The world can be divided in many ways – Republicans vs. Democrats, religious people vs. non religious people, cat people vs. dog people. Here’s another way – people who love the phone vs. people who hate it.
I love talking on the phone. I have many close friends who live far away now and it’s the next best thing to spending time with them in person. You can have real conversations that drift from one topic to the next. You can even interrupt each other! You don’t get the subtleties of body language that you get in person, but you’re actually engaging with the real person. You can remember why you loved this person in the first place.
Another important advantage of phones is laughter. We can hear our friends laugh at our jokes and our friends can hear us laugh at theirs. We get to laugh TOGETHER, which is huge. Laughter is a powerful bond. Most women list a sense of humor as one of the things they most value in a man. Sharing laughter is one of the great joys in life. You can’t get it in a text. Typing LOL is not the same thing!
When I was dating online, I discovered that liking someone’s emails was NOT a good indicator that I would like them in person. But liking someone on the phone gave me a pretty good chance that I would like them in person. That’s when I fully realized that writing and talking are on two separate planes.
Talking is personal. It reveals personality and connects people on an emotional, visceral level. You get most of what you get when you are physically with someone.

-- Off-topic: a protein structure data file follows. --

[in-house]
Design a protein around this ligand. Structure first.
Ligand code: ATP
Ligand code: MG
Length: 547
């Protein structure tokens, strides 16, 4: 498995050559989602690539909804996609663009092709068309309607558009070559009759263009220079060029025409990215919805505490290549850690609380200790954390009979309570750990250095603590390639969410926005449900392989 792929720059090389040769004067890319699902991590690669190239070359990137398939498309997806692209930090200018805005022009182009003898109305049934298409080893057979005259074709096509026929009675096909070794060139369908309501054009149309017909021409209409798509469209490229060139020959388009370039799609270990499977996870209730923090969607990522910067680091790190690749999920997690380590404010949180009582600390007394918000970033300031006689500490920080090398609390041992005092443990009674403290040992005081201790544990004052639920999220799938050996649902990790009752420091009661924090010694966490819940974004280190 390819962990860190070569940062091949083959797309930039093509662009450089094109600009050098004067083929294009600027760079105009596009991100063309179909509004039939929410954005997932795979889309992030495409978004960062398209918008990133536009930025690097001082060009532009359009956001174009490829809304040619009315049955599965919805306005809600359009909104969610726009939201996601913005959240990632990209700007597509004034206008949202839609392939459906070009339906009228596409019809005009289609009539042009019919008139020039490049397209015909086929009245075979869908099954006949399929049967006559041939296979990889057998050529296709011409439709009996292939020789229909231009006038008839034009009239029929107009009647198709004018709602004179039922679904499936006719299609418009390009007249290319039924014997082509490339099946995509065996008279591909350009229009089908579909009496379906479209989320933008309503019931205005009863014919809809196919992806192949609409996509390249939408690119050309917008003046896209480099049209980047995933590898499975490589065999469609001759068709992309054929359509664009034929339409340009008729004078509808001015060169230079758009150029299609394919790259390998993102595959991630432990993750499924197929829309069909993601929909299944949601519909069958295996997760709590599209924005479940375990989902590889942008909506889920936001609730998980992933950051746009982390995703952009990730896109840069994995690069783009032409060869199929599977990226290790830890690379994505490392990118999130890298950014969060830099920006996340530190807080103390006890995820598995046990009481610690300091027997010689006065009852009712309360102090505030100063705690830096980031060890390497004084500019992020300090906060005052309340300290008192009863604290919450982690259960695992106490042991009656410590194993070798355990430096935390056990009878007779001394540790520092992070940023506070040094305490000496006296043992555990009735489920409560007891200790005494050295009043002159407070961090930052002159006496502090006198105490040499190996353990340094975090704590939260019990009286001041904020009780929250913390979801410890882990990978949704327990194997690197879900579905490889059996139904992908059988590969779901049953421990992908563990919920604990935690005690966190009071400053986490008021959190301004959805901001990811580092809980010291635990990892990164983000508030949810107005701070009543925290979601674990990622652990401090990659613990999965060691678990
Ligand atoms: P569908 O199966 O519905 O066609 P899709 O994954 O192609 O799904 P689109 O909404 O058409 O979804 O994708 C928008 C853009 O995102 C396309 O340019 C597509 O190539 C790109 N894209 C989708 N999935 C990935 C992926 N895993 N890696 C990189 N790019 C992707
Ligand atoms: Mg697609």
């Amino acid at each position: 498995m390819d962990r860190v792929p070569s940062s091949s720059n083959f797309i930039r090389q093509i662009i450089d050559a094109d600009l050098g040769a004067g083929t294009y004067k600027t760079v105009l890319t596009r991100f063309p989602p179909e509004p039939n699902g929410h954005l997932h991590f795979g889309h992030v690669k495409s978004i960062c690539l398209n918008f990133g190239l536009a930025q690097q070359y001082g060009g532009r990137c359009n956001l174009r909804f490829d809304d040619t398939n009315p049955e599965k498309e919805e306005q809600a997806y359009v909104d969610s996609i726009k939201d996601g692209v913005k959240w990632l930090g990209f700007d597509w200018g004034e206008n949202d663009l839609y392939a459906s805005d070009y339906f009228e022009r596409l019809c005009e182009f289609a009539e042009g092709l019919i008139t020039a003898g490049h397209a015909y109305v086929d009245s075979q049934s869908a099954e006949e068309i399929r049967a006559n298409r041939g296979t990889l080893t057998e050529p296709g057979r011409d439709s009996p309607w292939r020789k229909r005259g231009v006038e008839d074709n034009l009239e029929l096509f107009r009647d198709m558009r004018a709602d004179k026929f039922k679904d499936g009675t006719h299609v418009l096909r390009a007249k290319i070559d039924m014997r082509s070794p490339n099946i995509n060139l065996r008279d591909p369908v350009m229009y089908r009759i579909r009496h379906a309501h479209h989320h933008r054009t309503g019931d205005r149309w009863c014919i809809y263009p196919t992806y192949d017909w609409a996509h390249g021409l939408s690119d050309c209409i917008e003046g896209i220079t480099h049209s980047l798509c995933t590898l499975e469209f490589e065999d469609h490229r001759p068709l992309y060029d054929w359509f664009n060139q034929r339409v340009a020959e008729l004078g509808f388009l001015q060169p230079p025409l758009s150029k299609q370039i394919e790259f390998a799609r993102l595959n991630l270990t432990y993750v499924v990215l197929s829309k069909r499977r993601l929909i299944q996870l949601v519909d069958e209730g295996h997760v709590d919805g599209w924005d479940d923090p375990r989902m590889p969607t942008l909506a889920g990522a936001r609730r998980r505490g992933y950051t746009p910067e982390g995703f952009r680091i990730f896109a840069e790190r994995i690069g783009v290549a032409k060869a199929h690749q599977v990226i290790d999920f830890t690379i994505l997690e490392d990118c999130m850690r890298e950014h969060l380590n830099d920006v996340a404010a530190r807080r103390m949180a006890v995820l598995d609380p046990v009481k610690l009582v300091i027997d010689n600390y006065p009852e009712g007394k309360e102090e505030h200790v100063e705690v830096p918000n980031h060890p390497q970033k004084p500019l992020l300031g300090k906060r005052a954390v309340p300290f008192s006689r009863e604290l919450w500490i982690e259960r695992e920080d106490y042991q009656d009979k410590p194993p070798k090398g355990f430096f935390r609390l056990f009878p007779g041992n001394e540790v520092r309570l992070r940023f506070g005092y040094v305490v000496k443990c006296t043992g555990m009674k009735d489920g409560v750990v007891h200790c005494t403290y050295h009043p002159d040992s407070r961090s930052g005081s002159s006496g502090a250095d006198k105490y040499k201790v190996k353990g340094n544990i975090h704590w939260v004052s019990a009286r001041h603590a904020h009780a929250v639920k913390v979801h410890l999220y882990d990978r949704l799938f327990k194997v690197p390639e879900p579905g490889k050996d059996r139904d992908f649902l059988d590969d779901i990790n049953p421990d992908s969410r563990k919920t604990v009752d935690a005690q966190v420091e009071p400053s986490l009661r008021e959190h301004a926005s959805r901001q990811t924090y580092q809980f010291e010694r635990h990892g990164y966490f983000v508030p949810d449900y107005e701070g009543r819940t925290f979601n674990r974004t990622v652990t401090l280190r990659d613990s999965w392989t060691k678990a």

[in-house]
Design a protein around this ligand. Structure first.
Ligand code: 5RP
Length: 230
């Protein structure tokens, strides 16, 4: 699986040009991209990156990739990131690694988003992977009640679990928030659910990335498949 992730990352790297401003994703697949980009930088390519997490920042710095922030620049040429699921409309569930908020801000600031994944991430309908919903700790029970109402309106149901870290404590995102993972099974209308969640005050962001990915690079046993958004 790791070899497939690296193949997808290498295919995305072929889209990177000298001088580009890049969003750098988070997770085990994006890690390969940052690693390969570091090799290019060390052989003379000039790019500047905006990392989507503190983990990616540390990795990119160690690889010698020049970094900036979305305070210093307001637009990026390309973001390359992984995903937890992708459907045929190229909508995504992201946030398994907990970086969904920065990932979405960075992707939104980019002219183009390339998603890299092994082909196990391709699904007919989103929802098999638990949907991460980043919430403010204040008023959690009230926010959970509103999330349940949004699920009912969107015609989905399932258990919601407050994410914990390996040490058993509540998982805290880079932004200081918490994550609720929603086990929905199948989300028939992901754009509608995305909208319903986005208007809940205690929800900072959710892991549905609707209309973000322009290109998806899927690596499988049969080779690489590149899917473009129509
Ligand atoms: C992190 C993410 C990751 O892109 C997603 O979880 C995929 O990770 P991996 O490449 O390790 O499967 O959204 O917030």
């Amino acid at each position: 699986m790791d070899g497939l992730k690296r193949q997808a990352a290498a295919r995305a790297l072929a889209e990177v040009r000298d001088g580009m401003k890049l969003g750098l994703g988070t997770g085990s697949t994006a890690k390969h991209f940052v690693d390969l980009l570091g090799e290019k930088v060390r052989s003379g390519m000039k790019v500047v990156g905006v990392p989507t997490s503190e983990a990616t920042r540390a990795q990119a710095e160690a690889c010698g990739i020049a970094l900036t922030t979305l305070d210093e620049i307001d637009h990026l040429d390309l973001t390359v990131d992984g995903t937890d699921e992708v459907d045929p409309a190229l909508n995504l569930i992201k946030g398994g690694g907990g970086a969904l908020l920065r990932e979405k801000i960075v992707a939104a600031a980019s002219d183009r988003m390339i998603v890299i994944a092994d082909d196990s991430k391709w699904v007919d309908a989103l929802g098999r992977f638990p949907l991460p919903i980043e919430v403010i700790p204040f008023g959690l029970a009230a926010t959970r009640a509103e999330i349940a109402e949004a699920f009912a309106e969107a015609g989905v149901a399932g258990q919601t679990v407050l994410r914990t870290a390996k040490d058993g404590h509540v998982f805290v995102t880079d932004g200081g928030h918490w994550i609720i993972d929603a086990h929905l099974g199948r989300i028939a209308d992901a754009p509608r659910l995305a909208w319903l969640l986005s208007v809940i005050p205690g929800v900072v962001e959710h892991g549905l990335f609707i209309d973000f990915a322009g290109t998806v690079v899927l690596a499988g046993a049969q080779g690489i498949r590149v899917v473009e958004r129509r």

Emailing may tell you the writing style of the person but not their speaking style or their personal “je ne sais quoi.” In texting, people tend to write shortened sentences with abbreviations and even Emojis. So you don’t even get the “voice” or writing style of the person. The time lag with texts also annoys me. Write then wait. Read then write. Rinse and repeat.
Try watching a movie or TV show and hit pause for twenty seconds after each person speaks. Not very gratifying. In fact, it will probably drive you crazy.
To me, texting is great for short, immediate communications. Like: “In traffic. Running 15 minutes late.” OR “What time do you want us for dinner?” Otherwise, not really communications.
Nevertheless, I understand that some people are just not phone people. My daughter is a phonophobe. She would rather talk for an hour every few weeks and text in between to stay in touch. My mother hated the phone. When I was growing up, she would have me call people to change or cancel appointments for her so she would not get “stuck” talking on the phone.
My husband, Tom, is also not a phone person. When we were dating, it didn’t even occur to him to talk on the phone the nights we weren’t seeing each other. Once I started the pattern, he was fine with it. But he wouldn’t have done it on his own.
I think the younger generations are growing up totally immersed in texting and internet communications. They may never learn the pleasure you can get from a long phone conversation with a friend. They may not even have long conversations in person anymore either. From what I hear, kids spend time online even when they are really with other people. The art of the conversation may be dying out altogether.
I guess I shouldn’t be worrying about fewer people talking on the phone. I should be worrying about fewer people talking to each other. At all!